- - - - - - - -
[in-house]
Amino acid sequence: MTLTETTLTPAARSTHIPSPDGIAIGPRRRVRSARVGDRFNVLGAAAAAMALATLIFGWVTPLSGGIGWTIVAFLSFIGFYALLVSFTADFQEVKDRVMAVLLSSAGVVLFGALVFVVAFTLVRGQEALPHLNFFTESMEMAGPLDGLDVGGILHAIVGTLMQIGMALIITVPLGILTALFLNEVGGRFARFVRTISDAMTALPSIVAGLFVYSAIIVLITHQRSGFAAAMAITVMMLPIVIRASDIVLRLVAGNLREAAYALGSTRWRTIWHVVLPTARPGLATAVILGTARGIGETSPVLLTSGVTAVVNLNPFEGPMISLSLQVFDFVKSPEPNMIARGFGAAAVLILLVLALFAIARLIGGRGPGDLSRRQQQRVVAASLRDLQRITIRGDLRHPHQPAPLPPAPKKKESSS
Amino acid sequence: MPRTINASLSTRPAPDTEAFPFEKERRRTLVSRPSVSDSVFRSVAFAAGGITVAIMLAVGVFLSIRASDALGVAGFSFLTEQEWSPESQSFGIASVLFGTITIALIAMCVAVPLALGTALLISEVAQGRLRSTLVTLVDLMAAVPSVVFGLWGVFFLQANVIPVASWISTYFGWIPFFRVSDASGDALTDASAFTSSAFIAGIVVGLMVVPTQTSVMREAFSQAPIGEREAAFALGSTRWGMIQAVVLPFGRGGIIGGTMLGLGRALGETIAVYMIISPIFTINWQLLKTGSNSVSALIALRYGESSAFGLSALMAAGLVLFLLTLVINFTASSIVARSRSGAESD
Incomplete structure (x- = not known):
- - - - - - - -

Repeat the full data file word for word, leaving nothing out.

[in-house]
Amino acid sequence: MTLTETTLTPAARSTHIPSPDGIAIGPRRRVRSARVGDRFNVLGAAAAAMALATLIFGWVTPLSGGIGWTIVAFLSFIGFYALLVSFTADFQEVKDRVMAVLLSSAGVVLFGALVFVVAFTLVRGQEALPHLNFFTESMEMAGPLDGLDVGGILHAIVGTLMQIGMALIITVPLGILTALFLNEVGGRFARFVRTISDAMTALPSIVAGLFVYSAIIVLITHQRSGFAAAMAITVMMLPIVIRASDIVLRLVAGNLREAAYALGSTRWRTIWHVVLPTARPGLATAVILGTARGIGETSPVLLTSGVTAVVNLNPFEGPMISLSLQVFDFVKSPEPNMIARGFGAAAVLILLVLALFAIARLIGGRGPGDLSRRQQQRVVAASLRDLQRITIRGDLRHPHQPAPLPPAPKKKESSS
Amino acid sequence: MPRTINASLSTRPAPDTEAFPFEKERRRTLVSRPSVSDSVFRSVAFAAGGITVAIMLAVGVFLSIRASDALGVAGFSFLTEQEWSPESQSFGIASVLFGTITIALIAMCVAVPLALGTALLISEVAQGRLRSTLVTLVDLMAAVPSVVFGLWGVFFLQANVIPVASWISTYFGWIPFFRVSDASGDALTDASAFTSSAFIAGIVVGLMVVPTQTSVMREAFSQAPIGEREAAFALGSTRWGMIQAVVLPFGRGGIIGGTMLGLGRALGETIAVYMIISPIFTINWQLLKTGSNSVSALIALRYGESSAFGLSALMAAGLVLFLLTLVINFTASSIVARSRSGAESD
Incomplete structure (x- = not known):